For the 3 months before I graduated from a top business school, I frequently found myself playing the role of marriage counselor. It was not something that I had imagined.
The time before graduation was supposed to be time to relax a little bit, say good-byes to classmates, and plan for the promising future. But, a good number of my classmates were having serious relationship problems. They felt sad, painful, and desperate at times. For those married ones who had issues, most of them ended up in divorces. Many wished that they had known more about the pressure, stress, and temptation in business school when they started the MBA program.
I want to share this information with present and future MBA students because there haven’t been a lot of information in this area. I think some of the divorces could have been prevented, while others were inevitable even if the student didn’t attend business school. But, for both cases, the students and their spouses could have a less painful experience if they were more informed and better prepared.
I’ll share with you 3 case studies. Today, I’ll talk about the first case study.
Case Study 1
A has been married for 7 years. She and her husband met in college. They both were trained in science and had been working in technical fields. But, A wanted to transition to business — she found business to be much more exciting and lucrative. Her husband was very much a scientist, smart, shy, not very social, and liked to work in the lab. Their relationship had started to deteriorate before A started business school.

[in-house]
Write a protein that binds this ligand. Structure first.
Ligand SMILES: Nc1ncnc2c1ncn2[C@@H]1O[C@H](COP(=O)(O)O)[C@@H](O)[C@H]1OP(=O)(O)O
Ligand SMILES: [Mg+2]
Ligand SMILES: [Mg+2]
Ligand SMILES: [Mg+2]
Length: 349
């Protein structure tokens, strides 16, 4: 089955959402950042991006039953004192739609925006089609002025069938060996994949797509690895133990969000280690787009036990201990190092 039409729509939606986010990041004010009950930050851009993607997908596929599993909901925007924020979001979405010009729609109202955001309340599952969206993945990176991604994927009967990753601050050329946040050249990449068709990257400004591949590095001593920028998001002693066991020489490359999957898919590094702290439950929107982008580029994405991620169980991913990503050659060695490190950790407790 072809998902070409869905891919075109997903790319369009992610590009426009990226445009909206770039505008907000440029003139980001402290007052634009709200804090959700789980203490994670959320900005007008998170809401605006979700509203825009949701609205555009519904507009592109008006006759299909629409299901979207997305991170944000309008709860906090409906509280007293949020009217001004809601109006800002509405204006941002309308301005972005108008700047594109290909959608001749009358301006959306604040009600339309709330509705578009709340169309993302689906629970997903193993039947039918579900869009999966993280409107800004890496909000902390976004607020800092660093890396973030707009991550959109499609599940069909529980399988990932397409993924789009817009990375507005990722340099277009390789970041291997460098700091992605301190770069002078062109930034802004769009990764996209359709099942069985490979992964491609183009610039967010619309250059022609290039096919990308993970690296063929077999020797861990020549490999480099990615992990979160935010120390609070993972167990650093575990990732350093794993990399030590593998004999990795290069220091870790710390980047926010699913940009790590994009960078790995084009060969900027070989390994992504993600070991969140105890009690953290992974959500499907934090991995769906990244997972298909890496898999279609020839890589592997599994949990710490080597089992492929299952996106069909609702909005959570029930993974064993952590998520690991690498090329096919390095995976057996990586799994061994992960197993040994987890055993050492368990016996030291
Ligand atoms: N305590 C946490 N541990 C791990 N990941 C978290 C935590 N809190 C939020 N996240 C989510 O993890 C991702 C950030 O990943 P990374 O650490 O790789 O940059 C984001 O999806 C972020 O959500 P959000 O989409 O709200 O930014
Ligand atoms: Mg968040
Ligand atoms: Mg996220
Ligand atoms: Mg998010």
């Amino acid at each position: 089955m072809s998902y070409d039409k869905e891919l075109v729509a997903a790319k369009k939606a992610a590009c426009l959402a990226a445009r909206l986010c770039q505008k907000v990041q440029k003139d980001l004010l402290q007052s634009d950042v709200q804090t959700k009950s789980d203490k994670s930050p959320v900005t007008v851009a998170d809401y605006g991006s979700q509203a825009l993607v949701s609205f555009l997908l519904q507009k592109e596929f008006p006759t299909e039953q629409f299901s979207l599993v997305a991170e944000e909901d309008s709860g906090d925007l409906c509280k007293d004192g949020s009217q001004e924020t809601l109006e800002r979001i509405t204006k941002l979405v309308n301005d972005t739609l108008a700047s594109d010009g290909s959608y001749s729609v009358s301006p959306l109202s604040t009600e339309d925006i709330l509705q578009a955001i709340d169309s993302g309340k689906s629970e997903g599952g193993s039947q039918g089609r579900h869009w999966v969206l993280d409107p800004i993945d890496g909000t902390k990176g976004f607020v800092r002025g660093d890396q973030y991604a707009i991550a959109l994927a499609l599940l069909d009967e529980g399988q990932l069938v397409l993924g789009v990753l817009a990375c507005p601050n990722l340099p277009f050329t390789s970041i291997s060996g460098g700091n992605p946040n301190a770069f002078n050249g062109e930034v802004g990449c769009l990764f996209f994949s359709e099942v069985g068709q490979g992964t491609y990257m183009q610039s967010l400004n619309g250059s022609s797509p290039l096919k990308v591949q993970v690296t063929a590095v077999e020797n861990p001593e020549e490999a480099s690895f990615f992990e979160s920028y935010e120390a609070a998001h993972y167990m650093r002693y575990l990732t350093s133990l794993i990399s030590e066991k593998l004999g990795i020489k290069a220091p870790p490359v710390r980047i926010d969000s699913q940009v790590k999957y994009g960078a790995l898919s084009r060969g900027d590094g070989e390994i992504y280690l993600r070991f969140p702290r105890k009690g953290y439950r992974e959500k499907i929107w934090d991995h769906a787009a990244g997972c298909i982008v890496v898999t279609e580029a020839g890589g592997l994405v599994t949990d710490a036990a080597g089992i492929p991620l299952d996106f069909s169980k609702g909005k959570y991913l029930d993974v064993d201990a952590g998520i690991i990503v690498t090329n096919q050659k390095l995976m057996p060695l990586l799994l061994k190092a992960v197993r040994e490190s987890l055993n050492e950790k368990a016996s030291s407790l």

It went downhill afterward. For the first winter break after starting business school, A took a vacation trip with her classmates, and only went home for a few days for the Christmas holiday. The next Summer, she did her internship at a city 3000 miles away from where her husband was. At graduation time, she even didn’t invite her husband to attend her commencement ceremony.
A was very stressed and sad before graduation — she had gotten a good job offer. But, she finally had to face her relationship problem. Business School had been an escape for her — she tried to focus on school and had as much fun as possible. But, sooner or later, she had to find a solution for her relationship problem. It would not go away. A few months after graduation, she divorced her husband.
Could the marriage be saved if A didn’t go to business school? I’m not sure. I think that when A started business school, they already had some issues. However, they still loved each other at that time. Having a long distance relationship didn’t help their communication. What they needed was honest communication about their own career aspiration and their expectation for the other person, and trying to resolve the differences. To certain extent, A "escaped" to business school and used it as an excuse to put the marriage issue on hold.
For me, the key takeaway is if you have a relationship problem before you start business school, talk to your partner openly and have a plan to resolve it. Don’t use business school as an escape and put the problem on hold — the problem will still exist and you still have to face it.